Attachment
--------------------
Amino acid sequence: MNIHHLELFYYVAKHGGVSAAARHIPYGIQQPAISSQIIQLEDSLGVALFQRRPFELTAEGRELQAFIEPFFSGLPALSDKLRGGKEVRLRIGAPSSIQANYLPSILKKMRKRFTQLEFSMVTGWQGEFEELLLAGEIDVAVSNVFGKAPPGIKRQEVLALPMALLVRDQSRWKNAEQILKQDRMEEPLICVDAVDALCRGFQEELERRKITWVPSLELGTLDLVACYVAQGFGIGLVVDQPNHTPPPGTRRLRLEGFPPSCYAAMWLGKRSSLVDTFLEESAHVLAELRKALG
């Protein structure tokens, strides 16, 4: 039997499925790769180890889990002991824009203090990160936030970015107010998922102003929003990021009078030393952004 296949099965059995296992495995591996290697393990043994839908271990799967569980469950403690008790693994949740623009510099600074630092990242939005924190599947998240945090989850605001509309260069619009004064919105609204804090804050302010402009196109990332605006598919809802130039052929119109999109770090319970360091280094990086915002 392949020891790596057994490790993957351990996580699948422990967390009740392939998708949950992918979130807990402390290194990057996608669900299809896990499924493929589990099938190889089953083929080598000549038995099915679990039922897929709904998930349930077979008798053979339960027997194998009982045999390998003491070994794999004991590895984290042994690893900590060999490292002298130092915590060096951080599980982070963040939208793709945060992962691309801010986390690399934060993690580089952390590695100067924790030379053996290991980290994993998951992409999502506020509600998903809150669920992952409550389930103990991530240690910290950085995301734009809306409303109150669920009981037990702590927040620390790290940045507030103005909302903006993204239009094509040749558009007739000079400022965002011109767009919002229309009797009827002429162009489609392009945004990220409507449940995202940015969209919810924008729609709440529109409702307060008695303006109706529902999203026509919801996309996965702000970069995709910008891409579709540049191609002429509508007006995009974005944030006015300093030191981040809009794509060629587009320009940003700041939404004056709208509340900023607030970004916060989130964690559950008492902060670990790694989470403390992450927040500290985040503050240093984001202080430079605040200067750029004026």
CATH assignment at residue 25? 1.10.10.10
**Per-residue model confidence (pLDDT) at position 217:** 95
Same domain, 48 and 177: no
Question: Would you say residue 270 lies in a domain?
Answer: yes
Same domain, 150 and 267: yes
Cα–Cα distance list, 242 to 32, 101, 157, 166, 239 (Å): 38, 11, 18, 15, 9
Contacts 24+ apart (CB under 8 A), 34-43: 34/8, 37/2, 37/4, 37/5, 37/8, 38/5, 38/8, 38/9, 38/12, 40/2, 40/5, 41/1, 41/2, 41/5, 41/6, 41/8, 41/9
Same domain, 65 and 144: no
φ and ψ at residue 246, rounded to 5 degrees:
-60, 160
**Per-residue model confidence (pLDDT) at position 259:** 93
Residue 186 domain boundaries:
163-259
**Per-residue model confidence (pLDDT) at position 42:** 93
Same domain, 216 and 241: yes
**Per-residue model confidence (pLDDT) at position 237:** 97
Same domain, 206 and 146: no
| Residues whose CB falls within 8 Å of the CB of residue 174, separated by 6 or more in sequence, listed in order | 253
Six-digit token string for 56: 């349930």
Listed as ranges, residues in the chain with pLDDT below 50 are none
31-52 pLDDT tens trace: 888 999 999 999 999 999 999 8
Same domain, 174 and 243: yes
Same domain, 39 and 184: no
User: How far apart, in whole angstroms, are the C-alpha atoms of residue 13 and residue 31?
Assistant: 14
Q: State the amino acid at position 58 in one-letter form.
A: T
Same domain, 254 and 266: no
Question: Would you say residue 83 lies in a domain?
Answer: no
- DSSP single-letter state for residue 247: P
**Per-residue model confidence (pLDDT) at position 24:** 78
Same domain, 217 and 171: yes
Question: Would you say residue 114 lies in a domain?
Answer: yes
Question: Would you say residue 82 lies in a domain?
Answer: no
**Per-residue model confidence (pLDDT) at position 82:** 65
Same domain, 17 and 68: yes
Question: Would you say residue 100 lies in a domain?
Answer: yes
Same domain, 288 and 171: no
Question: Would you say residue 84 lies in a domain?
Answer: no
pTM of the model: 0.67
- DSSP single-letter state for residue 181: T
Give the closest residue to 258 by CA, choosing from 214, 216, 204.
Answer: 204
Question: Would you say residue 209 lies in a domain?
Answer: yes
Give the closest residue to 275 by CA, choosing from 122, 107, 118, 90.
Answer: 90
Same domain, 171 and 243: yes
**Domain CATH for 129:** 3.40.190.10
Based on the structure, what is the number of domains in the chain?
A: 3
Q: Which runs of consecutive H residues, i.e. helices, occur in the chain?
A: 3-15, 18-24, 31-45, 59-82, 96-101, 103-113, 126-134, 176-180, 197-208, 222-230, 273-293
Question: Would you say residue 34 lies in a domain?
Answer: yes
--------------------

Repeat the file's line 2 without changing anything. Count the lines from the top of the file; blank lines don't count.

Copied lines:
């Protein structure tokens, strides 16, 4: 039997499925790769180890889990002991824009203090990160936030970015107010998922102003929003990021009078030393952004 296949099965059995296992495995591996290697393990043994839908271990799967569980469950403690008790693994949740623009510099600074630092990242939005924190599947998240945090989850605001509309260069619009004064919105609204804090804050302010402009196109990332605006598919809802130039052929119109999109770090319970360091280094990086915002 392949020891790596057994490790993957351990996580699948422990967390009740392939998708949950992918979130807990402390290194990057996608669900299809896990499924493929589990099938190889089953083929080598000549038995099915679990039922897929709904998930349930077979008798053979339960027997194998009982045999390998003491070994794999004991590895984290042994690893900590060999490292002298130092915590060096951080599980982070963040939208793709945060992962691309801010986390690399934060993690580089952390590695100067924790030379053996290991980290994993998951992409999502506020509600998903809150669920992952409550389930103990991530240690910290950085995301734009809306409303109150669920009981037990702590927040620390790290940045507030103005909302903006993204239009094509040749558009007739000079400022965002011109767009919002229309009797009827002429162009489609392009945004990220409507449940995202940015969209919810924008729609709440529109409702307060008695303006109706529902999203026509919801996309996965702000970069995709910008891409579709540049191609002429509508007006995009974005944030006015300093030191981040809009794509060629587009320009940003700041939404004056709208509340900023607030970004916060989130964690559950008492902060670990790694989470403390992450927040500290985040503050240093984001202080430079605040200067750029004026």